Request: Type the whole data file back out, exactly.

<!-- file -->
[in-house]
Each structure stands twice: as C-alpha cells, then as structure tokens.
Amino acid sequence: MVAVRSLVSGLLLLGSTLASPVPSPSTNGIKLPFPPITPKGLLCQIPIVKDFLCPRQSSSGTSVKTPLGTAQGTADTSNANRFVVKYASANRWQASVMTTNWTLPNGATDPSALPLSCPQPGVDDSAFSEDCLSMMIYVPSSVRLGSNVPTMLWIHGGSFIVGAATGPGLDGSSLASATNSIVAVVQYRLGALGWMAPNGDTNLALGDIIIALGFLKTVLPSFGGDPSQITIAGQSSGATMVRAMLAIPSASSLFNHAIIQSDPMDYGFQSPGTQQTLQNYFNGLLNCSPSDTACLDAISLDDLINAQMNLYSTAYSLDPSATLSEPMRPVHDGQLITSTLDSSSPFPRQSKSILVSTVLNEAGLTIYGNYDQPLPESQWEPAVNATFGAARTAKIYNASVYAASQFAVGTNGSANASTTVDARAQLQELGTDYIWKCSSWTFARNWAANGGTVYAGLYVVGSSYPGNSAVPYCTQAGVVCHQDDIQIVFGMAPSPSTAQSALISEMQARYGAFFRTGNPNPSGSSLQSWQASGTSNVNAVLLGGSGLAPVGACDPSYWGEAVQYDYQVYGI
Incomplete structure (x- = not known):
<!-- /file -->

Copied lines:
[in-house]
Each structure stands twice: as C-alpha cells, then as structure tokens.
Amino acid sequence: MVAVRSLVSGLLLLGSTLASPVPSPSTNGIKLPFPPITPKGLLCQIPIVKDFLCPRQSSSGTSVKTPLGTAQGTADTSNANRFVVKYASANRWQASVMTTNWTLPNGATDPSALPLSCPQPGVDDSAFSEDCLSMMIYVPSSVRLGSNVPTMLWIHGGSFIVGAATGPGLDGSSLASATNSIVAVVQYRLGALGWMAPNGDTNLALGDIIIALGFLKTVLPSFGGDPSQITIAGQSSGATMVRAMLAIPSASSLFNHAIIQSDPMDYGFQSPGTQQTLQNYFNGLLNCSPSDTACLDAISLDDLINAQMNLYSTAYSLDPSATLSEPMRPVHDGQLITSTLDSSSPFPRQSKSILVSTVLNEAGLTIYGNYDQPLPESQWEPAVNATFGAARTAKIYNASVYAASQFAVGTNGSANASTTVDARAQLQELGTDYIWKCSSWTFARNWAANGGTVYAGLYVVGSSYPGNSAVPYCTQAGVVCHQDDIQIVFGMAPSPSTAQSALISEMQARYGAFFRTGNPNPSGSSLQSWQASGTSNVNAVLLGGSGLAPVGACDPSYWGEAVQYDYQVYGI
Incomplete structure (x- = not known):